The web can be a tricky place for students to navigate at the best of times. Flashing images, tiny text and an array of small buttons make it very difficult for kids to find what they are looking for. Now imagine this for a student that is vision or motor impaired, where the challenges are multiplied due to the fact most web designers are not designing with accessibility in mind.
Thankfully, there are a number of developers working on ways to make browsing the web a better experience for students with disabilities. Here are 3 Chrome extensions you can install in seconds to help your students get more out of their browser:
Designed for users with color-blindness, Daltonize takes images on the page and re-calibrates colors to expose details that might not be seen otherwise.
The extension provides enhancement for people with Protanopia (red-green), Deuteranopia (red-green), or Tritanopia (blue-yellow). Each of these can be selected from the options menu as well as a “simulate” option to show how images appear through color blind eyes. You can see in the above picture the difference in the original image (top) and the daltonized image (bottom).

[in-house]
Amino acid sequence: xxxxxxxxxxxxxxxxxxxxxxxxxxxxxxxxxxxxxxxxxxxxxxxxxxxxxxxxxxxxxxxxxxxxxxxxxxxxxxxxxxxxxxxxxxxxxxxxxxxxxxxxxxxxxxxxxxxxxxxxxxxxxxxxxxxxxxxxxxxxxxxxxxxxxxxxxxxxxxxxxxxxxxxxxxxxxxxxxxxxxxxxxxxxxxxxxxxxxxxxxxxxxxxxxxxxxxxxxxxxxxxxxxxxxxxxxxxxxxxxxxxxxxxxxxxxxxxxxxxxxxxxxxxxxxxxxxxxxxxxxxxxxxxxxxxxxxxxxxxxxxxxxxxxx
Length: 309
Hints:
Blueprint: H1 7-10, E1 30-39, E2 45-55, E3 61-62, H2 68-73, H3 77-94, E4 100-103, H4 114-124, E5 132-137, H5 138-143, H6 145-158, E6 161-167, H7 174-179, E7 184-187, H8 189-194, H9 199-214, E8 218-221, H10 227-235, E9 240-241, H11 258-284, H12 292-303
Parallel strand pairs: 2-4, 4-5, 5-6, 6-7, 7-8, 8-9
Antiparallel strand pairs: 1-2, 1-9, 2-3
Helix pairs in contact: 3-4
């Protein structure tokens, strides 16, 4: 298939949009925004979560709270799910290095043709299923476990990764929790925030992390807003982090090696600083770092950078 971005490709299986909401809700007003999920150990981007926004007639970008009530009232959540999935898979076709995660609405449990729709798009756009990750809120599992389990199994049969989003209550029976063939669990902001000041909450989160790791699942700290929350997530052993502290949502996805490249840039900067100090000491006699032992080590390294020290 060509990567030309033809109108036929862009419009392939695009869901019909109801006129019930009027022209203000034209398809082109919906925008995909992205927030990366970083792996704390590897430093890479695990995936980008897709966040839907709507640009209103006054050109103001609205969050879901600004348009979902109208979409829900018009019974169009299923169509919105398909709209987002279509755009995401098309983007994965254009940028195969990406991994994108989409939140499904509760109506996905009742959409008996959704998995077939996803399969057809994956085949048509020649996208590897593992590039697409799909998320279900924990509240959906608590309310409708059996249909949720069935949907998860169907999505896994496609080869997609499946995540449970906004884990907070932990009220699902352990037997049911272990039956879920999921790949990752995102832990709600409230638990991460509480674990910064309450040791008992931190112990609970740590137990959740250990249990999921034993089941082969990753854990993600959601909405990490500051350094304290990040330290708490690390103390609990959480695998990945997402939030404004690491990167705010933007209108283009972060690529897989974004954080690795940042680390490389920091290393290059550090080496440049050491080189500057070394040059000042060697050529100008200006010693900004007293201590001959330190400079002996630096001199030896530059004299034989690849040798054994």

ChromeVis is an extension developed by Google to assist vision impaired users by enlarging and colorizing text that may be difficult to read. You can select text on a webpage using your mouse or with your keyboard. Activate the lens with the keyboard or by pressing the ChromeVis icon. That text will then be enlarged and displayed as a floating overlay on the page.
ChromeVis is part of the Axs-Chrome open-source project, which supports extensions that enhance the accessibility of Chrome.
metalmouth is an all encompassing extension that can help students with wide-ranging disabilities. The extension offers navigation by voice commands, web pages read out-loud, intuitive keyboard controls, interaction with page items, dynamic content support, video/audio support and plenty more.
Offering a lot of advantages that will hopefully become standard features for all browsers in the future, metalmouth opens the Internet up for many students that may have had a lot of difficulty in the past.
What other technology and tools is your school using to help students with disabilities?
Image courtesy of Flickr, WagsomeDog